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Cold Liquid Line & Bottom Coils

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BPet

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Hi, I noticed that our AC unit was not cooling well and determined that the copper liquid line going into the air handler, which is in a closet in the upstairs hallway, is very cold when the AC is running. I removed the front panel of the unit, and the smaller liquid lines feeding the coil get frosty when the unit is running. The bottom few inches of the coil also becomes cold, but the top 75% of the A frame coil is not cold at all. On the outside unit, the air leaving the top of the unit is also ambient temperature, it is not warm like it is normally. Replaced the capacitor on the outside unit just in case, but that did not help. Any suggestions on what could be the possible issue would be greatly appreciated. (The unit is a 3.5 ton and 12 years old.) Thanks in advance for any suggestions.
 

kok328

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going to be an issue with the freon level in the unit and/or the TXV.
only way to tell is to put gages on the unit and see what's going on.
 

BPet

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Thanks, I will have gauges in a few days and I'll report back. Thanks!
 

BPet

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As I'm learning about how to add refrigerant, I'm trying to determine what the Subcooling value should be on my unit. It is not listed on the tag on the outside unit. I found information in the product manual that indicates:
"Design Subcooling 7 +/- 2° F @ the liquid service valve: ARI 95° F test conditions"
Do I need to be concerned with the "ARI 95° F test conditions" or can I consider a subcooling value of 5-9°F acceptable on my system?

Thanks again!
 

BPet

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Also, do you use a vaporizer for r410A or do you just open and close the valve in short bursts?
 

kok328

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As I'm learning about how to add refrigerant, I'm trying to determine what the Subcooling value should be on my unit. It is not listed on the tag on the outside unit. I found information in the product manual that indicates:
"Design Subcooling 7 +/- 2° F @ the liquid service valve: ARI 95° F test conditions"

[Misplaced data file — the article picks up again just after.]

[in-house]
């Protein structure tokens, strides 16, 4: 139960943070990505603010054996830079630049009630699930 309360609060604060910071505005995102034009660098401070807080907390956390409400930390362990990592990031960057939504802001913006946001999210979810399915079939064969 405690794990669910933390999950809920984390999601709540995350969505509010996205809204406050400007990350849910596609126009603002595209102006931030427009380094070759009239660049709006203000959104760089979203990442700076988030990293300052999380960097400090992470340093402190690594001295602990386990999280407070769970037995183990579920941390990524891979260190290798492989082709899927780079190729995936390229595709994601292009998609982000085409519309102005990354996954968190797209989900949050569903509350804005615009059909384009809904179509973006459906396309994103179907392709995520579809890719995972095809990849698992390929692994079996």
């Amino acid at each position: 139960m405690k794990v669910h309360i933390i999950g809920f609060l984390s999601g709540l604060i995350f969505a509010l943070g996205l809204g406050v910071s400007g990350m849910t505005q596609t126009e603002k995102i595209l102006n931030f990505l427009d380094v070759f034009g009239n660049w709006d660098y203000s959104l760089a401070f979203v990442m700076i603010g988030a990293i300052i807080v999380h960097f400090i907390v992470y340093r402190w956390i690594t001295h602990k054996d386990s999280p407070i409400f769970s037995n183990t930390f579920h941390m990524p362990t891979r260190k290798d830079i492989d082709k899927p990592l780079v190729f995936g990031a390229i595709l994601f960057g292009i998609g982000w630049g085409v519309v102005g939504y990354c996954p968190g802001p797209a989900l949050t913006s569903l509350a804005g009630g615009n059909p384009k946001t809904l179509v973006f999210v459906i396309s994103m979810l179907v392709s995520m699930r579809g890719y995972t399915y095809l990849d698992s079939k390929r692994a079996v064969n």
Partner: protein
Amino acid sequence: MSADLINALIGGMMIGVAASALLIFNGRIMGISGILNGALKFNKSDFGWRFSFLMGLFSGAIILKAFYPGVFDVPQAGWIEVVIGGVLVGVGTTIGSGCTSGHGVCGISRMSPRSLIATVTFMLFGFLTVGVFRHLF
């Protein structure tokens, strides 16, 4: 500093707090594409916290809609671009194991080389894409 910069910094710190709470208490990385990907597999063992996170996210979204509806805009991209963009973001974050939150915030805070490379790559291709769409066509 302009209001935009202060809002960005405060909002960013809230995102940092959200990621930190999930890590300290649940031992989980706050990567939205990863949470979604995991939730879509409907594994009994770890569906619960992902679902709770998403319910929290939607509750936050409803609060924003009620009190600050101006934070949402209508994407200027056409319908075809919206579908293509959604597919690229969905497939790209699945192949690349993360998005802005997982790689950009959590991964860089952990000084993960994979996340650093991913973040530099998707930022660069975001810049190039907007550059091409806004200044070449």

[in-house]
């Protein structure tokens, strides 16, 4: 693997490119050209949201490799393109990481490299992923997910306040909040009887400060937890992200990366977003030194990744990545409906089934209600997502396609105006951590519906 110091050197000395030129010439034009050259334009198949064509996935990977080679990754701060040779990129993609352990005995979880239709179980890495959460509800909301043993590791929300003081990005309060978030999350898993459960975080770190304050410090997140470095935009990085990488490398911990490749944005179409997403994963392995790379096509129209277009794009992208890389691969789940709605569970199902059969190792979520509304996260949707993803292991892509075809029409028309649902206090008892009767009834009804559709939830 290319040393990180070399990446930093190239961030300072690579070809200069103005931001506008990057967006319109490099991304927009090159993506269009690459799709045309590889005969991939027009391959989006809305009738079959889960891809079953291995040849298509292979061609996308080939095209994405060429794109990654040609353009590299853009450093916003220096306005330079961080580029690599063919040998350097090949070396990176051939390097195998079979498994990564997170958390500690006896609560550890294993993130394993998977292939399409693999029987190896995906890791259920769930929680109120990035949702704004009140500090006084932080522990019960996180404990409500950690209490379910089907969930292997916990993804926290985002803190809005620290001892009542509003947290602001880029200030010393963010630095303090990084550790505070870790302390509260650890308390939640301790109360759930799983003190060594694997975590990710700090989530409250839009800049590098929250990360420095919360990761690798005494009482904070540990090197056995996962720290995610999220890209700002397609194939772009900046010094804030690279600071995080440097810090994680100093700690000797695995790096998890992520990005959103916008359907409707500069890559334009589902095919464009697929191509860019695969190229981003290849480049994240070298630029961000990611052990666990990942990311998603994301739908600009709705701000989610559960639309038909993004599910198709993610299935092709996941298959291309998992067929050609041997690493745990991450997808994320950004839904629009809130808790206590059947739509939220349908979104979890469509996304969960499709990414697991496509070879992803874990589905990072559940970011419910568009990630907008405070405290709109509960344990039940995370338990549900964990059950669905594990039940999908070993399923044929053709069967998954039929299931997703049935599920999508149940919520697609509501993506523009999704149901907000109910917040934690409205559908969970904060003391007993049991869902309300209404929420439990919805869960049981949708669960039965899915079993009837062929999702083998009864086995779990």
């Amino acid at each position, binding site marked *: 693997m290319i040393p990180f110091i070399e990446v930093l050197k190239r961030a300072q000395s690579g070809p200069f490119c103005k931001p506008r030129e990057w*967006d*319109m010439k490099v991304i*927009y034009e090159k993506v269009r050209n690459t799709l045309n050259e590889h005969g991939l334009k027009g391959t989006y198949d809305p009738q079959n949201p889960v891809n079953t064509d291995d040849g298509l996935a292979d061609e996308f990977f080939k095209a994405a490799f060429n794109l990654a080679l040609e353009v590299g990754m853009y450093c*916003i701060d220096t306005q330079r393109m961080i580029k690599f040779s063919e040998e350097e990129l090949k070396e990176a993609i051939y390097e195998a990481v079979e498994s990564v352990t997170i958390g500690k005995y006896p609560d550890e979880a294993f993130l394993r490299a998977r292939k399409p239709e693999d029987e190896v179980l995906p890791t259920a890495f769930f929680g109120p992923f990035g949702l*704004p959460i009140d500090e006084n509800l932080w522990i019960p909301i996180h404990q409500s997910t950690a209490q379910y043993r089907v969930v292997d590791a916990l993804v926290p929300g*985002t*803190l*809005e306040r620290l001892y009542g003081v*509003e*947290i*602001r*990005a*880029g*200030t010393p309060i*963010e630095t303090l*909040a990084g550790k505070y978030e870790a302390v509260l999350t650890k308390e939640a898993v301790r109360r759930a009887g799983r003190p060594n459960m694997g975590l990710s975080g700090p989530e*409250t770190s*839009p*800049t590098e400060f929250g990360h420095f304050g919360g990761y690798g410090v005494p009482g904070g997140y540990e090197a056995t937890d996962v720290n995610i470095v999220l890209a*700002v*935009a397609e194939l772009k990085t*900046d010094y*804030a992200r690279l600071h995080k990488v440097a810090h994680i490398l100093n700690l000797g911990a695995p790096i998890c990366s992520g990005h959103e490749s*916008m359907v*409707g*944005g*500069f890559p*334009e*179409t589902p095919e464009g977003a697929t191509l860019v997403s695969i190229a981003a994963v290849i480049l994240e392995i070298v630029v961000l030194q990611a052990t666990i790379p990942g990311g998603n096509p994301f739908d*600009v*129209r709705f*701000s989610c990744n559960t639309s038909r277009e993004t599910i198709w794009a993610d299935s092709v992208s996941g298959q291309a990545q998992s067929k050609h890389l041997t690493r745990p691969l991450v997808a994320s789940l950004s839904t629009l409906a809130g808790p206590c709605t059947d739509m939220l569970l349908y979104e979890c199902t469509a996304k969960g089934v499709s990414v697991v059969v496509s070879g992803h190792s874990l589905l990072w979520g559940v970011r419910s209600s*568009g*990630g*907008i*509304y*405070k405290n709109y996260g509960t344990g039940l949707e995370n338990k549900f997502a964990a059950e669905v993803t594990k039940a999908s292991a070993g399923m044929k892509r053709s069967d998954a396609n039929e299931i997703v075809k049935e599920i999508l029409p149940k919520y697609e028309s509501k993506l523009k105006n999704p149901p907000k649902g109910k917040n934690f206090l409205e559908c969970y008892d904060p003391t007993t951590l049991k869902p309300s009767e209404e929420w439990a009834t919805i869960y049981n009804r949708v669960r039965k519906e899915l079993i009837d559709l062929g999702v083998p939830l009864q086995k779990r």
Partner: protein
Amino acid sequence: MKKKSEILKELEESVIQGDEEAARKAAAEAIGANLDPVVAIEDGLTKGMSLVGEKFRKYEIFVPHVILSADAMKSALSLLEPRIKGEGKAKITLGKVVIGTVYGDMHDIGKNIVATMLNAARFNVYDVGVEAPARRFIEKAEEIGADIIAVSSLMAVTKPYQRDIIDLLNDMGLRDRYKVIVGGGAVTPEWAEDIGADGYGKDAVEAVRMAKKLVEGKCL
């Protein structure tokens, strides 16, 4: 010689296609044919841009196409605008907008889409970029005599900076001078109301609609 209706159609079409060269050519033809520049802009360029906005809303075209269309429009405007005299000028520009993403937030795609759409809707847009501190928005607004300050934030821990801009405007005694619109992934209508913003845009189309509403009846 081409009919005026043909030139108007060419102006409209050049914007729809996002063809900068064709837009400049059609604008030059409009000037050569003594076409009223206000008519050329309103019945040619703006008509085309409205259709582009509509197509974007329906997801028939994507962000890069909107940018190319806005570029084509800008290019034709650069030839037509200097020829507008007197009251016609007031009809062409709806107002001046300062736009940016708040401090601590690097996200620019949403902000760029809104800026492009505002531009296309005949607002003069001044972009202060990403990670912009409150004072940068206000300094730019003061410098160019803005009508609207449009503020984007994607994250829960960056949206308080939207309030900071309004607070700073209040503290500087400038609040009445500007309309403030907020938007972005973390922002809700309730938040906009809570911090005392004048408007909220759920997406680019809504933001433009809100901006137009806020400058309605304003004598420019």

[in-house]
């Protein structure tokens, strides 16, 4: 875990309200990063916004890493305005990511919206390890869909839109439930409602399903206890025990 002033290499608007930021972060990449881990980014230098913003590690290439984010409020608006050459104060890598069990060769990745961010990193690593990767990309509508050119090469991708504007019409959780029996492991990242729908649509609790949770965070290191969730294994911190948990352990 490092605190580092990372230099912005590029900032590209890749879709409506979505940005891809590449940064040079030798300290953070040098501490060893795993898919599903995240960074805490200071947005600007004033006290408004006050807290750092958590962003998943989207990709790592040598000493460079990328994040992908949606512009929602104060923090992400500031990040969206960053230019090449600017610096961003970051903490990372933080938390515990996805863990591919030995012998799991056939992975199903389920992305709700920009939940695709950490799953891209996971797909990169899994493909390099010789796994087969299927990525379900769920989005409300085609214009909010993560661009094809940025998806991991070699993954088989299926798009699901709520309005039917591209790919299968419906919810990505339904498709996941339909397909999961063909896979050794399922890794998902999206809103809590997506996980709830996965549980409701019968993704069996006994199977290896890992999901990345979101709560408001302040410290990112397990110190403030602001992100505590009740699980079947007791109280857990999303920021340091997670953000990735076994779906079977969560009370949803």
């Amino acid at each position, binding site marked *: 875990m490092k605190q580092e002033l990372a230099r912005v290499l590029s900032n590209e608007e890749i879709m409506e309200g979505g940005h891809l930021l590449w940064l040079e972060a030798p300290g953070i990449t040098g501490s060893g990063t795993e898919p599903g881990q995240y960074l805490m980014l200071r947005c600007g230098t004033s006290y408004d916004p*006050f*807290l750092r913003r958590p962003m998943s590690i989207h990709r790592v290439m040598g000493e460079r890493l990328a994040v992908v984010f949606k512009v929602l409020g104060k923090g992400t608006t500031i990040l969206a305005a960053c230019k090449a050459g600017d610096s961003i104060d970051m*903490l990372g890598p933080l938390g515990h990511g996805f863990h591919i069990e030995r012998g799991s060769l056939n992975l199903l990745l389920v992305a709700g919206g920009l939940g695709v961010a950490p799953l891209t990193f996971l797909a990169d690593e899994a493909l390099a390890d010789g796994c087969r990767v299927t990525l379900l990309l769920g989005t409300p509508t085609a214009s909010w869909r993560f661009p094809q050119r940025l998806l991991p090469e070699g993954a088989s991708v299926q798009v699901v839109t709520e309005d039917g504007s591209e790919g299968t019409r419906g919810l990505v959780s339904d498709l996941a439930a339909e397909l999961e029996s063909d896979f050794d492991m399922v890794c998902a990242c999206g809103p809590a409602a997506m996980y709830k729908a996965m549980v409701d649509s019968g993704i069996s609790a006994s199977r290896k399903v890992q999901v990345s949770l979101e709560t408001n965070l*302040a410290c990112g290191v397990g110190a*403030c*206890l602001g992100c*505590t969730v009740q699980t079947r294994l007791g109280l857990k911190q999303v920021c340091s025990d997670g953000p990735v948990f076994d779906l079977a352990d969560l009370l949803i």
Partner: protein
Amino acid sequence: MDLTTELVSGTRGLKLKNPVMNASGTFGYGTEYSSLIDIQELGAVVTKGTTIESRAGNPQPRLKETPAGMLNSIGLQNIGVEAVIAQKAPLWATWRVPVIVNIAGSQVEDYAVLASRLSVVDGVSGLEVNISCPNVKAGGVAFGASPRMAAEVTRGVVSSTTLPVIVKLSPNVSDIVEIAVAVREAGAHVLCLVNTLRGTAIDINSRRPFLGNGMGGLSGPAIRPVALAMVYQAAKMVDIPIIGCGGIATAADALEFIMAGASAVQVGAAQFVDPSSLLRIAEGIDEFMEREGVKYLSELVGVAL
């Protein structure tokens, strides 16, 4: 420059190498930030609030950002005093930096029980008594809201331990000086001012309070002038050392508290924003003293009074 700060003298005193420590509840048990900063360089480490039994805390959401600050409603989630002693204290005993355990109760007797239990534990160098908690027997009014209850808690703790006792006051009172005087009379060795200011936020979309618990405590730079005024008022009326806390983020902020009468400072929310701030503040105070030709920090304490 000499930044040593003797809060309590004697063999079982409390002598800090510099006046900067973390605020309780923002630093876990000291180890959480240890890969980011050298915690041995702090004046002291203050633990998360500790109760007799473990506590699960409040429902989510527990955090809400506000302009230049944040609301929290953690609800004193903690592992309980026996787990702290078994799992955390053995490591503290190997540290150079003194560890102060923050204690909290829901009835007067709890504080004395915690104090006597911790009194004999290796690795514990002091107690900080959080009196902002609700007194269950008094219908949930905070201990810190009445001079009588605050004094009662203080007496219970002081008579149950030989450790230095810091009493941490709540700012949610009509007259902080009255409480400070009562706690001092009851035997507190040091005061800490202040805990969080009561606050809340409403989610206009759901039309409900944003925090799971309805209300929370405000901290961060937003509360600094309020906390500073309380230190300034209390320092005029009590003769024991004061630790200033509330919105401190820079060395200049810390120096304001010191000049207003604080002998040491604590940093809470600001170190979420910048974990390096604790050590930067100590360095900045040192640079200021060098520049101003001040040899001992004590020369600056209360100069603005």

Do I need to be concerned with the "ARI 95° F test conditions" or can I consider a subcooling value of 5-9°F acceptable on my system?

Thanks again!
You'll need to reference an appropriate PT chart if your not 95 degrees.
 

kok328

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Also, do you use a vaporizer for r410A or do you just open and close the valve in short bursts?
short bursts and wait for gages to catch up. vaporizer if you going to invert your tank for quicker charging.
 

BPet

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I checked the system pressures/temps this morning. System Recap: 3.5 Ton HeatPump, 12 Year Old Unit, R410A with TXV, Mfg. Target SubCool 7°F +/- 2°F @ 95°F Outside Temp
Today's Outside Temperature: 80°F, Ran System 15 Min prior to recording measurements, no sweating on Suction Line.
Gauge Low Pressure Side: 82 PSI ~22°F, Suction Line 81°F - so SuperHeat of 59°F
Gauge High Pressure Side: 215PSI ~72°F, Liquid Line 80°F - so I guess that is a negative Subcooling: - 8°F

Is it possible that the system has a slow leak? I know we had it leak tested a few years back because it had lost some refrigerant; however, the leak was not found and it was only a small amount of refrigerant and so the thinking was that we recharge and see what happens. Its been a few years and we have 3 other AC units and this one is in the master bedroom. I think there has been a tiny leak for a long time and the unit has been very slowly leaking R410A this entire time. I don't think it was noticeable because we have other units, and we have the thermostat to raise the temperature during the daytime, and the temperature is lower at night so the unit does not have to be working perfectly in order for our bedroom temp to be fine. I think it may have just lost enough refrigerant to go over the tipping point to what was acceptable to where we are now. I would not even have noticed except that I noticed the unit running more often at night and then I felt the liquid line and it was cold, not warm.

or is that not a possibility?

Thanks again for any information you can provide! :)
 

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